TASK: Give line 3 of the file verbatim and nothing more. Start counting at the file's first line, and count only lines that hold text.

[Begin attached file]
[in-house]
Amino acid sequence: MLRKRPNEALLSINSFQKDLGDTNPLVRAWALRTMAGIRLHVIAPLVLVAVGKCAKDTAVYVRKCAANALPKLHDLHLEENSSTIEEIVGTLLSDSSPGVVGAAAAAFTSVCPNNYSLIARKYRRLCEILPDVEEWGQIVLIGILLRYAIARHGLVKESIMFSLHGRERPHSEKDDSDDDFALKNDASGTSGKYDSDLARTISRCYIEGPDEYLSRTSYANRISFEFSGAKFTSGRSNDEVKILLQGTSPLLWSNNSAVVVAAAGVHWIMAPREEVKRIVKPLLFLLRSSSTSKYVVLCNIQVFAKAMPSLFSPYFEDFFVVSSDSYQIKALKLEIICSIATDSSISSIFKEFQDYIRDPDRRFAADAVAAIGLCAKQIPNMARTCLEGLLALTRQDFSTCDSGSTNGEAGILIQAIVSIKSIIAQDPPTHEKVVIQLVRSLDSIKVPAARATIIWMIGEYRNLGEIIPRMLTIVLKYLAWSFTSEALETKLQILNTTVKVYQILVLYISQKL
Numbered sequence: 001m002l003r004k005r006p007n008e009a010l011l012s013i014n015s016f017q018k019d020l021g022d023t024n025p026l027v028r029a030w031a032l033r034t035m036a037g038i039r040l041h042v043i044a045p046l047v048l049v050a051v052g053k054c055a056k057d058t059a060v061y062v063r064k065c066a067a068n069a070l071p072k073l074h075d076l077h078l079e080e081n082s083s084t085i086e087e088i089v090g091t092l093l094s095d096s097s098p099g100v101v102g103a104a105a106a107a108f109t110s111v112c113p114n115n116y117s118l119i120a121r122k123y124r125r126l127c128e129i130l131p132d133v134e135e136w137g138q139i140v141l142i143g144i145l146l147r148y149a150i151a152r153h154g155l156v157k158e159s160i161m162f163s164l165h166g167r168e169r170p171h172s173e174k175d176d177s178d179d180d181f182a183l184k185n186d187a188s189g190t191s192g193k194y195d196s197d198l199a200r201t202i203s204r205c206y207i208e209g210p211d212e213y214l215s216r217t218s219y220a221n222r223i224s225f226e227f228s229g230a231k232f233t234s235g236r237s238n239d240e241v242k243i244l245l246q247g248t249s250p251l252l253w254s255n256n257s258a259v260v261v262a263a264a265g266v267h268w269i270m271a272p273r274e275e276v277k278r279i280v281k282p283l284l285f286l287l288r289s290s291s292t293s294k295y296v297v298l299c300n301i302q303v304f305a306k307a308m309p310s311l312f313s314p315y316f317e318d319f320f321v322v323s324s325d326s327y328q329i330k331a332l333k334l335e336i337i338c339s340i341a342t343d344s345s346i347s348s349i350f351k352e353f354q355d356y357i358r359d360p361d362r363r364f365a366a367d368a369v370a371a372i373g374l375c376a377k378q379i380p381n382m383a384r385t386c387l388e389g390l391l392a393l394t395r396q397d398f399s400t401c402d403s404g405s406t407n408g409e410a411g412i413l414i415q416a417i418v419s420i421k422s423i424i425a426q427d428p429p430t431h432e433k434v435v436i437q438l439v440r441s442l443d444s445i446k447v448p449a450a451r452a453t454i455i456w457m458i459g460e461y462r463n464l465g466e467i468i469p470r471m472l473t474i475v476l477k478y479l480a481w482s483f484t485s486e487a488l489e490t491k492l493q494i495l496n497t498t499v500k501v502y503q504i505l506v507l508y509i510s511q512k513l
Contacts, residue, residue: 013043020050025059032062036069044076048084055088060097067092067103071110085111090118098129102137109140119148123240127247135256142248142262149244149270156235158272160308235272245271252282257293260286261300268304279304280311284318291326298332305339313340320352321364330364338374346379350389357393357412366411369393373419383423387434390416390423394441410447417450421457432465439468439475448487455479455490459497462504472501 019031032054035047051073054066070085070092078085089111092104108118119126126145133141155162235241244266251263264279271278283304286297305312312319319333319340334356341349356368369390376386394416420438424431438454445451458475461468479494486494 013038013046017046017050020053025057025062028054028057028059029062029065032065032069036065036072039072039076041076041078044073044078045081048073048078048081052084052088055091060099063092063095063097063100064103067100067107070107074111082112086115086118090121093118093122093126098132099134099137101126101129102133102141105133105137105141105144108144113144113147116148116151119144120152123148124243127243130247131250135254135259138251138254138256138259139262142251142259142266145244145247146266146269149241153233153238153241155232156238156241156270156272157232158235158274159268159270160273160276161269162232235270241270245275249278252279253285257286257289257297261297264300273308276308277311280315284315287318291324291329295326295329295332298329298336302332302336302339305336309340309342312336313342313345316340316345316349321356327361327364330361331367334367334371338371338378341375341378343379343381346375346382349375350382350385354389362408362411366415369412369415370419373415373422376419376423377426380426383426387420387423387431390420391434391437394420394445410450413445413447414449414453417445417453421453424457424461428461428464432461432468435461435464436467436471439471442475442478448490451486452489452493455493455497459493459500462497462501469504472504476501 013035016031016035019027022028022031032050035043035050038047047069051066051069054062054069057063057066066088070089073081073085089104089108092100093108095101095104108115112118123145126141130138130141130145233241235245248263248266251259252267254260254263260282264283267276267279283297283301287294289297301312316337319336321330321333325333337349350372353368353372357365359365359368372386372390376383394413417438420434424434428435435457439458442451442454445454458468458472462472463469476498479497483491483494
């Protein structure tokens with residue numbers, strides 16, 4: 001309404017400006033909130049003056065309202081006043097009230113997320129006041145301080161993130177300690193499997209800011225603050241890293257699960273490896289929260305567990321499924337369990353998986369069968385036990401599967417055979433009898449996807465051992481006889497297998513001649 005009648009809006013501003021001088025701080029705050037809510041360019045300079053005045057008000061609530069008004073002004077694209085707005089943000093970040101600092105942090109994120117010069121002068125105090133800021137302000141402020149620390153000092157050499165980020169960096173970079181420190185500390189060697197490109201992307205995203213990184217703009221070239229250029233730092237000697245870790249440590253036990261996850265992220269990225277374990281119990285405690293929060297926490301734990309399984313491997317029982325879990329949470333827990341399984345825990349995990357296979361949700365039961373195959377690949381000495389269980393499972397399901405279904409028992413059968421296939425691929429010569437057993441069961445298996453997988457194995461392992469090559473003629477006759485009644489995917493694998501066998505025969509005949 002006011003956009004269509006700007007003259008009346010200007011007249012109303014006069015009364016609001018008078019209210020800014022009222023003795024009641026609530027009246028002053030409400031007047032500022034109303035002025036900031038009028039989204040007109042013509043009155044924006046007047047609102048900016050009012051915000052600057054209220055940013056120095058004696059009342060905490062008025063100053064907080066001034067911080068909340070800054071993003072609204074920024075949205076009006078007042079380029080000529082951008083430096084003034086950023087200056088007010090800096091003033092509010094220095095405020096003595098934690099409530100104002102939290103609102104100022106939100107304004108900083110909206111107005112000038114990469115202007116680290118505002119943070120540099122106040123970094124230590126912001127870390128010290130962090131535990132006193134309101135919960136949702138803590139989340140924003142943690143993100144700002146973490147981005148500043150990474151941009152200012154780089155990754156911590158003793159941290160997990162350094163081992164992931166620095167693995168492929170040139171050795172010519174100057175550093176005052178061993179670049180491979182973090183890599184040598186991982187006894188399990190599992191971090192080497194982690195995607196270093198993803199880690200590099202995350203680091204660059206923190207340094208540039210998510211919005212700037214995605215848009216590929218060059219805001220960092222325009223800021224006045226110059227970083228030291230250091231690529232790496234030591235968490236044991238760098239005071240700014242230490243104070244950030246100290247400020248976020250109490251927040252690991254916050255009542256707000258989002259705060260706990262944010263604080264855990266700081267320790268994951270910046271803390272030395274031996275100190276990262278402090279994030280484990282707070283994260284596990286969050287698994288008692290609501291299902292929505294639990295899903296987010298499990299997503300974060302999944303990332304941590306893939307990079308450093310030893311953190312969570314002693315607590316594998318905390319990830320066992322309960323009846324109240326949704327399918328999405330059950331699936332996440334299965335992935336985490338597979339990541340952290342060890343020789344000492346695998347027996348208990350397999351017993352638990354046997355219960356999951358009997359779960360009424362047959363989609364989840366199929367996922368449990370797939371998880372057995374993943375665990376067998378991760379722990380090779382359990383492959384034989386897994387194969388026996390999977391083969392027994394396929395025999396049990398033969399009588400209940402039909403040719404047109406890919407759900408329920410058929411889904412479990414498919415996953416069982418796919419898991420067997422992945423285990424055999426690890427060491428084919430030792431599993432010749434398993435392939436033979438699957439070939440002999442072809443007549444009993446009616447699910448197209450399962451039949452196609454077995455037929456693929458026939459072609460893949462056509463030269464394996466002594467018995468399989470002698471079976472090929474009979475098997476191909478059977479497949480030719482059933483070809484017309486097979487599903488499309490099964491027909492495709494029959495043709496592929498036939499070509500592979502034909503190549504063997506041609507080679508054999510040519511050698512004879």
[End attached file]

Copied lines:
Numbered sequence: 001m002l003r004k005r006p007n008e009a010l011l012s013i014n015s016f017q018k019d020l021g022d023t024n025p026l027v028r029a030w031a032l033r034t035m036a037g038i039r040l041h042v043i044a045p046l047v048l049v050a051v052g053k054c055a056k057d058t059a060v061y062v063r064k065c066a067a068n069a070l071p072k073l074h075d076l077h078l079e080e081n082s083s084t085i086e087e088i089v090g091t092l093l094s095d096s097s098p099g100v101v102g103a104a105a106a107a108f109t110s111v112c113p114n115n116y117s118l119i120a121r122k123y124r125r126l127c128e129i130l131p132d133v134e135e136w137g138q139i140v141l142i143g144i145l146l147r148y149a150i151a152r153h154g155l156v157k158e159s160i161m162f163s164l165h166g167r168e169r170p171h172s173e174k175d176d177s178d179d180d181f182a183l184k185n186d187a188s189g190t191s192g193k194y195d196s197d198l199a200r201t202i203s204r205c206y207i208e209g210p211d212e213y214l215s216r217t218s219y220a221n222r223i224s225f226e227f228s229g230a231k232f233t234s235g236r237s238n239d240e241v242k243i244l245l246q247g248t249s250p251l252l253w254s255n256n257s258a259v260v261v262a263a264a265g266v267h268w269i270m271a272p273r274e275e276v277k278r279i280v281k282p283l284l285f286l287l288r289s290s291s292t293s294k295y296v297v298l299c300n301i302q303v304f305a306k307a308m309p310s311l312f313s314p315y316f317e318d319f320f321v322v323s324s325d326s327y328q329i330k331a332l333k334l335e336i337i338c339s340i341a342t343d344s345s346i347s348s349i350f351k352e353f354q355d356y357i358r359d360p361d362r363r364f365a366a367d368a369v370a371a372i373g374l375c376a377k378q379i380p381n382m383a384r385t386c387l388e389g390l391l392a393l394t395r396q397d398f399s400t401c402d403s404g405s406t407n408g409e410a411g412i413l414i415q416a417i418v419s420i421k422s423i424i425a426q427d428p429p430t431h432e433k434v435v436i437q438l439v440r441s442l443d444s445i446k447v448p449a450a451r452a453t454i455i456w457m458i459g460e461y462r463n464l465g466e467i468i469p470r471m472l473t474i475v476l477k478y479l480a481w482s483f484t485s486e487a488l489e490t491k492l493q494i495l496n497t498t499v500k501v502y503q504i505l506v507l508y509i510s511q512k513l